Who's winning the money race for Denver mayor: 5 numbers to know
The money race is defining the crowded contest for Denver mayor one month before the election, new fundraising reports show.
State of play: The 17 candidates in the race have now collected more than $5.3 million in contributions and public financing, and outside groups added another $1.2 million, an Axios Denver analysis finds.
- Here are the key takeaways:
Top fundraiser: Kelly Brough is emerging as the clear frontrunner in the mayor's race in terms of fundraising and outside support.
- She raised $1.1 million through the end of February. A Better Denver, a super PAC backing Brough's campaign and primarily funded by realtors and developers, took in $578,000.
Other big money campaigns: Three other candidates remain competitive in the money race with the rest of the pack far behind, John found in his number-crunching.
- Andy Rougeot is self-funding his campaign, loaning himself $750,000 and taking in just $48,000 in contributions.
- Leslie Herod, a state lawmaker, and Mike Johnston, a former state senator, each raised more than $700,000 from contributions and taxpayer matching funds.
The intrigue: As the April 4 election nears, Herod and Johnston are the two other candidates getting big-money help.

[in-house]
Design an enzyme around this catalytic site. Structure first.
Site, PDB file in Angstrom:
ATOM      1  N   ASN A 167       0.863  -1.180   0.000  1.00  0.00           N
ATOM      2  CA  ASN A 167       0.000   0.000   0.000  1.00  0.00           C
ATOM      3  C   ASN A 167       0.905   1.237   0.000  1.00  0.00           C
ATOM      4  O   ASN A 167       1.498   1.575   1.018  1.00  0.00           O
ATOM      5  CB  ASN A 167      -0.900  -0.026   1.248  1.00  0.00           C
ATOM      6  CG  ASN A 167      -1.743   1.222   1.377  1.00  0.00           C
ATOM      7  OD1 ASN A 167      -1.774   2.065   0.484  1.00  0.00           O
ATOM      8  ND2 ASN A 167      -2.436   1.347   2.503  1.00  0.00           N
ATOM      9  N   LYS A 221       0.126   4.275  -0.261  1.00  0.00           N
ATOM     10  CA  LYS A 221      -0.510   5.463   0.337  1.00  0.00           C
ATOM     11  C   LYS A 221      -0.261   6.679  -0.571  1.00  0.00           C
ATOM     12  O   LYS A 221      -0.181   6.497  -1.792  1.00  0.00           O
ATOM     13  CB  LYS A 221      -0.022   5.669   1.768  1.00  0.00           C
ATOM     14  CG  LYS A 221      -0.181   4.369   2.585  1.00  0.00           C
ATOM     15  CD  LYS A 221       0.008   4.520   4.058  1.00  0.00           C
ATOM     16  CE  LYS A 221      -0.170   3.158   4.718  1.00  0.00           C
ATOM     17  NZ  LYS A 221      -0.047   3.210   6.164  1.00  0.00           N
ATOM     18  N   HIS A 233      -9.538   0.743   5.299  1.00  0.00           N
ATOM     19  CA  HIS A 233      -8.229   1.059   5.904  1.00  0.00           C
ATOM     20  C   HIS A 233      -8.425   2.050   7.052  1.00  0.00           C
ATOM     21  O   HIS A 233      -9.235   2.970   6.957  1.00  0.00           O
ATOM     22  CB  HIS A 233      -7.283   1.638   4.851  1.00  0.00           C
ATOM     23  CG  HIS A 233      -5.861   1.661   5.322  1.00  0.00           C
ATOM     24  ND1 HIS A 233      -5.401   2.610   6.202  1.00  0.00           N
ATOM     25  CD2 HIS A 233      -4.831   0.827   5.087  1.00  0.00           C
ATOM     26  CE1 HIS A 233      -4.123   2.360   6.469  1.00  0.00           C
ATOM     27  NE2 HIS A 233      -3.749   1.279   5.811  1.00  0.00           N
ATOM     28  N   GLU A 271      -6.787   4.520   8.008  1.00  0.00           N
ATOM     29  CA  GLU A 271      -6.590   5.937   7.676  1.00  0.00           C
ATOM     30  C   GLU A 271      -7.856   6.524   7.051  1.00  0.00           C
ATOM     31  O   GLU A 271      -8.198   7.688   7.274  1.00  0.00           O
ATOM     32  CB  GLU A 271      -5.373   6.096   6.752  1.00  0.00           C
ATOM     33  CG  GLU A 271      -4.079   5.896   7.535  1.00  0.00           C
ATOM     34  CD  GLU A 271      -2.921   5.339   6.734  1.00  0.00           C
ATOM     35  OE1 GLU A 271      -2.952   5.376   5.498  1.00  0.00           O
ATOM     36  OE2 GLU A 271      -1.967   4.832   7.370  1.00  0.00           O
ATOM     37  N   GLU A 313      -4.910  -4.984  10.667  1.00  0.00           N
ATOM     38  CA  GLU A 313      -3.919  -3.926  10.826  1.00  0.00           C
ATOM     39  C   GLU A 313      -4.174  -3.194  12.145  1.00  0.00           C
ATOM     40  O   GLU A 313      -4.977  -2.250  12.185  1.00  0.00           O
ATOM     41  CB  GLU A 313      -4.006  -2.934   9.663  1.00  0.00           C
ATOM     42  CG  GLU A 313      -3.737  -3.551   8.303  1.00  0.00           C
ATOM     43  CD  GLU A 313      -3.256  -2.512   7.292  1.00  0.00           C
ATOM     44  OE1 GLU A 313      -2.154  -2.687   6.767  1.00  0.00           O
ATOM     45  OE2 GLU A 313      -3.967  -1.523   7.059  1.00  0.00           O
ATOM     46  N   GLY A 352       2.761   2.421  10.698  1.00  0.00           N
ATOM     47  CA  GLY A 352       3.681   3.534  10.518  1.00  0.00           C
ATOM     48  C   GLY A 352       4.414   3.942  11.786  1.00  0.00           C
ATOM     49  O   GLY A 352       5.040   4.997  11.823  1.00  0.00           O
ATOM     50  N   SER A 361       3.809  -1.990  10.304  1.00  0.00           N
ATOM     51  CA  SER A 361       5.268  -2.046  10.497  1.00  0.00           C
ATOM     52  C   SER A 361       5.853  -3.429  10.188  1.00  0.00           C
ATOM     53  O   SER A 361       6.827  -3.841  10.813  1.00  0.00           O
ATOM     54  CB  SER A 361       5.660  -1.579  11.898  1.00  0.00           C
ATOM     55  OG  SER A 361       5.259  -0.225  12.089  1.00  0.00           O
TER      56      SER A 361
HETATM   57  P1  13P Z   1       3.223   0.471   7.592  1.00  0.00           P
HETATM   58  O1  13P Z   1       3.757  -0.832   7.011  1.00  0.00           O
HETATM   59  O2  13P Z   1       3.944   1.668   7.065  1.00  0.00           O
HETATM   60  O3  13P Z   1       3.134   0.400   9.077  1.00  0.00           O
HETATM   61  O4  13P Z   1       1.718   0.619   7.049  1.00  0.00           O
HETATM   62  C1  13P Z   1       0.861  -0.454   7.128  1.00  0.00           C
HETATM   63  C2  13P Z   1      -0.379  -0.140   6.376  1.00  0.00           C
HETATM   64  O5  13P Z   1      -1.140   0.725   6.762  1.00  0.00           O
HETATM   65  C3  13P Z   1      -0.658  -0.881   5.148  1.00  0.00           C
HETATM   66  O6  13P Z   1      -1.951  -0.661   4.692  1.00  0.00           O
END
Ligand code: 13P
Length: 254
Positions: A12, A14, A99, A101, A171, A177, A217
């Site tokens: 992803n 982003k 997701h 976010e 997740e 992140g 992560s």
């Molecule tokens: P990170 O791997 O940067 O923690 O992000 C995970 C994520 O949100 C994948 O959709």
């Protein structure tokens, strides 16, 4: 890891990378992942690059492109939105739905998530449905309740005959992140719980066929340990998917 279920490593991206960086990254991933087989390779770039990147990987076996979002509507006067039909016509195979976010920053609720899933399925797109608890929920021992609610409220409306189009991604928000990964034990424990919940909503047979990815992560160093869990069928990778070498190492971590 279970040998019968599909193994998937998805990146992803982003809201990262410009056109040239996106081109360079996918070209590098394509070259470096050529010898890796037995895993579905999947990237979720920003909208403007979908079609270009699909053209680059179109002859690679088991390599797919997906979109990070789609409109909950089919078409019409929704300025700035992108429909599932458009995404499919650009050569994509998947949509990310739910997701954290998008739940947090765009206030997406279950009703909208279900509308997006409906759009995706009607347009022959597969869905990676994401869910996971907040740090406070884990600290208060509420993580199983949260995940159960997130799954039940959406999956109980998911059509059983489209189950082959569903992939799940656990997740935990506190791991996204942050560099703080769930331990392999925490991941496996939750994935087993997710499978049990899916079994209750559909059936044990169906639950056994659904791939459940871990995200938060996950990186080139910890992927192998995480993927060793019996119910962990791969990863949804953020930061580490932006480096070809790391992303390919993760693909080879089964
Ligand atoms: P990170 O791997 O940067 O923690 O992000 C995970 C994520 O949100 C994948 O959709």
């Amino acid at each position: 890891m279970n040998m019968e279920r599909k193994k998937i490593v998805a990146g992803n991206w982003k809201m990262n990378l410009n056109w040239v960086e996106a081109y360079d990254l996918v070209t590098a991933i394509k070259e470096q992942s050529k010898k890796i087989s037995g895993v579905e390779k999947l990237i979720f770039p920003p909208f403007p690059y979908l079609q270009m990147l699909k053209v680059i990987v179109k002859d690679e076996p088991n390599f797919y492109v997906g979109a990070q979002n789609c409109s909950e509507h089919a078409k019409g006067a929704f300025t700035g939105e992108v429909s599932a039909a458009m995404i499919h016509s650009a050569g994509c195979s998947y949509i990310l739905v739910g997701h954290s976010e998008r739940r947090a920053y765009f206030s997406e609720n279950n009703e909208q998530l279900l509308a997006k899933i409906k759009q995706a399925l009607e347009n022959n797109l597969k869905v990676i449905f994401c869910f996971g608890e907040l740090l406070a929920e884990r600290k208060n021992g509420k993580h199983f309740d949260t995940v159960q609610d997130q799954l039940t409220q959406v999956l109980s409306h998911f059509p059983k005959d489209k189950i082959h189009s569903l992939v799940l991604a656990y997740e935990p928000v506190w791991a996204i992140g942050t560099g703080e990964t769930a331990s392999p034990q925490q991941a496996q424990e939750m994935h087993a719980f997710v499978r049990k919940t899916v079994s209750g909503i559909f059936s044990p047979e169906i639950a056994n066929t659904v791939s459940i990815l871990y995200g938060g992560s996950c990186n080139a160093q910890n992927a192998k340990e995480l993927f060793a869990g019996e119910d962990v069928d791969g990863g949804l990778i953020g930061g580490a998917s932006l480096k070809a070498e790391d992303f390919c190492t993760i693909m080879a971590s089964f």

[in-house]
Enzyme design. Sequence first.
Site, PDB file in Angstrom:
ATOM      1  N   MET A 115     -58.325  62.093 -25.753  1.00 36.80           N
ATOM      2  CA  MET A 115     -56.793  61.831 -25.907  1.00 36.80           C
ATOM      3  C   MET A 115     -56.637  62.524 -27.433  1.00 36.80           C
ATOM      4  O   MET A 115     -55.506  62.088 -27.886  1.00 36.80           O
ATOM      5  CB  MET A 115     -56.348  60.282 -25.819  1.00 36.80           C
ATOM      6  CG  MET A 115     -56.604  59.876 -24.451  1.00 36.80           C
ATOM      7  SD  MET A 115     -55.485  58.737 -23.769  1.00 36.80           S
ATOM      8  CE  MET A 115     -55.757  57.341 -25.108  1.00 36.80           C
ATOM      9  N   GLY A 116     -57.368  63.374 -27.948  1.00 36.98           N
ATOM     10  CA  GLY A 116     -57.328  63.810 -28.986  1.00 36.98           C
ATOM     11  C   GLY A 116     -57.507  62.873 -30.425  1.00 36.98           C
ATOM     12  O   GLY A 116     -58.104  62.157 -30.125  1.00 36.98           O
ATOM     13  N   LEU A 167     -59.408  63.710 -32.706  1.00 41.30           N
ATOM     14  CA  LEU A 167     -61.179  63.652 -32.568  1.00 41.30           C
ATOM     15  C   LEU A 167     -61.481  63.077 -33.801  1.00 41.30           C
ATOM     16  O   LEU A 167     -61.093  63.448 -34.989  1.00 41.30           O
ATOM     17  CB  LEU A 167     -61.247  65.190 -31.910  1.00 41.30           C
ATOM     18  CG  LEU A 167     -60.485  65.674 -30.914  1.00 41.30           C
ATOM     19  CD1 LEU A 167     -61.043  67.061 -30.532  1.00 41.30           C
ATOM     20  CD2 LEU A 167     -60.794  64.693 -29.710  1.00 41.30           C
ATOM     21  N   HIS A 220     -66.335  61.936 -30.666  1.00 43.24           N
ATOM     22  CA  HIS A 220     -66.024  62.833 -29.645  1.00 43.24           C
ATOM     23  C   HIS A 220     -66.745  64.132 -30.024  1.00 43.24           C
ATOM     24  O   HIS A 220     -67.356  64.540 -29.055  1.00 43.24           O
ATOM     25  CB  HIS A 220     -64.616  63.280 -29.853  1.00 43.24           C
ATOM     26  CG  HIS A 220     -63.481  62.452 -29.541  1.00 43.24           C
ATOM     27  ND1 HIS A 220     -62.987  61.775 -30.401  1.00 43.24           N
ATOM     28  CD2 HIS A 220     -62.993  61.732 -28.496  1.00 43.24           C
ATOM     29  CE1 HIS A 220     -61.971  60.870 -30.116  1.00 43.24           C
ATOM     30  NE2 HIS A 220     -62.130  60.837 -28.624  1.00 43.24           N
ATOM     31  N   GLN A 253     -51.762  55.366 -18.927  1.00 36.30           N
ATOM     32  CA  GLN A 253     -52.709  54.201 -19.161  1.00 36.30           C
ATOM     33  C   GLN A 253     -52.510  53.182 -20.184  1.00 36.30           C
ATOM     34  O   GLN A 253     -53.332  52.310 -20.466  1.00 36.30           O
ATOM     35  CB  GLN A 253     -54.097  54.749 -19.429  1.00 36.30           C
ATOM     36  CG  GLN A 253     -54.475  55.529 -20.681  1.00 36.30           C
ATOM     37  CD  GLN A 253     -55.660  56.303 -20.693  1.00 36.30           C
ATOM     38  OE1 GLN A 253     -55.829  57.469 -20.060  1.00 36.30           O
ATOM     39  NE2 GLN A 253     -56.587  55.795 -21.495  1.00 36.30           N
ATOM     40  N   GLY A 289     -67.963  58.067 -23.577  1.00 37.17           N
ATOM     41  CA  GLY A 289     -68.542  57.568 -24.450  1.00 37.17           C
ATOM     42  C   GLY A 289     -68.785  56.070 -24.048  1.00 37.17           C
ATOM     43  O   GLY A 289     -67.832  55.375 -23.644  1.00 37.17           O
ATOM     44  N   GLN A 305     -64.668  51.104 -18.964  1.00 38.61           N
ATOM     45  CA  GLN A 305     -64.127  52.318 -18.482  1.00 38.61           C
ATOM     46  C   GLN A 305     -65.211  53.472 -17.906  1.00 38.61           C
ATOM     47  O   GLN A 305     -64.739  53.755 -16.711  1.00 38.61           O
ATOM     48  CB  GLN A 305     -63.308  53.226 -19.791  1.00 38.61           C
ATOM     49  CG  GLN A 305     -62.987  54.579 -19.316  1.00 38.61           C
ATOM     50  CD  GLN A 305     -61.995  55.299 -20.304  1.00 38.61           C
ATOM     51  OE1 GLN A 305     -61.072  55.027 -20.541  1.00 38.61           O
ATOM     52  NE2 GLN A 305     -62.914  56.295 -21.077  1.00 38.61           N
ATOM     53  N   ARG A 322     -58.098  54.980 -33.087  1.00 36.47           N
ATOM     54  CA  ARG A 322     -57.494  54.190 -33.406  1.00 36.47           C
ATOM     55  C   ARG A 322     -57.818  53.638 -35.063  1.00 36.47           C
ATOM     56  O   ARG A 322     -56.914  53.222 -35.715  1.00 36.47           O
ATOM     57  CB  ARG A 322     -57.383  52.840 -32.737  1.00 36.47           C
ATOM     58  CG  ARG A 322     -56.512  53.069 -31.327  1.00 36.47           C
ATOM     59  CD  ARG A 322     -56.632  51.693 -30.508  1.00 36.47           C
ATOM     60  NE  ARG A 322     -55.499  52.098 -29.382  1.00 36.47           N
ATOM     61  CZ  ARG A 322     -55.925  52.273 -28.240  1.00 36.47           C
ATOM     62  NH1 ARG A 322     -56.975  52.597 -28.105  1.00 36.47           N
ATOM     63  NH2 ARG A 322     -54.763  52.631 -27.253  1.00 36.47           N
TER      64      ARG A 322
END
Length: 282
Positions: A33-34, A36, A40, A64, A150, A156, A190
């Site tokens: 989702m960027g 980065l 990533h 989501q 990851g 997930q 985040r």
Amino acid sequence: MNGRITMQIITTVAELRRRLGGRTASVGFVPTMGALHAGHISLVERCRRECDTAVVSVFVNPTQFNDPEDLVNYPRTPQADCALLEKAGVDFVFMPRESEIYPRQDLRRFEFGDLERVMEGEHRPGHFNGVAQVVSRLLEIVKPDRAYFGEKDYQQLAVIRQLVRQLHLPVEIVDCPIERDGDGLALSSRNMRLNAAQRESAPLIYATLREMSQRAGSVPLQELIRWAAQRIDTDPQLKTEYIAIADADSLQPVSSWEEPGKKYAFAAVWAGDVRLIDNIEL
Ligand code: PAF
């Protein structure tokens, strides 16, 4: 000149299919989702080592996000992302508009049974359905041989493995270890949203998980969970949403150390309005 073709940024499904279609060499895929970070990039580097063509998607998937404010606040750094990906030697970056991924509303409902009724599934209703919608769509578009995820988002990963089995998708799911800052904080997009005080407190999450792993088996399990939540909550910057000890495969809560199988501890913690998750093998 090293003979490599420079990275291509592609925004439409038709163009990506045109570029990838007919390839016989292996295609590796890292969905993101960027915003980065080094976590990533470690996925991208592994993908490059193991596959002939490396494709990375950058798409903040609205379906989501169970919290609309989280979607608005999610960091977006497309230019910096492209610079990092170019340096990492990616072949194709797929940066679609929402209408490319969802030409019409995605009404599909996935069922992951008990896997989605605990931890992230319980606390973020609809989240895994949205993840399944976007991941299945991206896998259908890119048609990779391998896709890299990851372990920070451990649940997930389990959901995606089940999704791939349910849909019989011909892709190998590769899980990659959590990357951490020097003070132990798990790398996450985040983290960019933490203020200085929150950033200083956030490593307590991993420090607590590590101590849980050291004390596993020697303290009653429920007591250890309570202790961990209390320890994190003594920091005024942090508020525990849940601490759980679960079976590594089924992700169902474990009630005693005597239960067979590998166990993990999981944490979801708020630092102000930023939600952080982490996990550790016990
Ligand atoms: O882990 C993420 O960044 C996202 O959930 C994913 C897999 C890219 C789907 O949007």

- Herod is backed by dark-money political organization Ready Denver. The group — which has not disclosed its donors — spent $122,000 to produce TV ads and run local advertising.
- Advancing Denver spent $380,000 on ads to tout Johnston in the reporting period. And Wednesday, the group put another $480,000 into the race. Two donors — Kent Thiry, the former Davita CEO, and Steve Mandel, a hedge fund manager — each contributed $150,000 to the committee.
The final push: Most of the campaigns are well-positioned to have the resources needed in the final five weeks of the campaign. The exception is Chris Hansen, a state senator who has spent 90% of the $443,000 he collected through February.
- Ean Thomas Tafoya, an activist, has spent 68% of the $153,000 in his campaign account.
What's next: The campaigns will get their final infusion of public matching dollars on small donations through the Fair Elections Fund by March 15.
- The fund is a vital resource for candidates with longer odds. Six contenders have received about two-thirds of their campaign money from taxpayers.
- Taxpayers are providing at least half the campaign cash for all but three candidates: Brough, Rougeot and Johnston.
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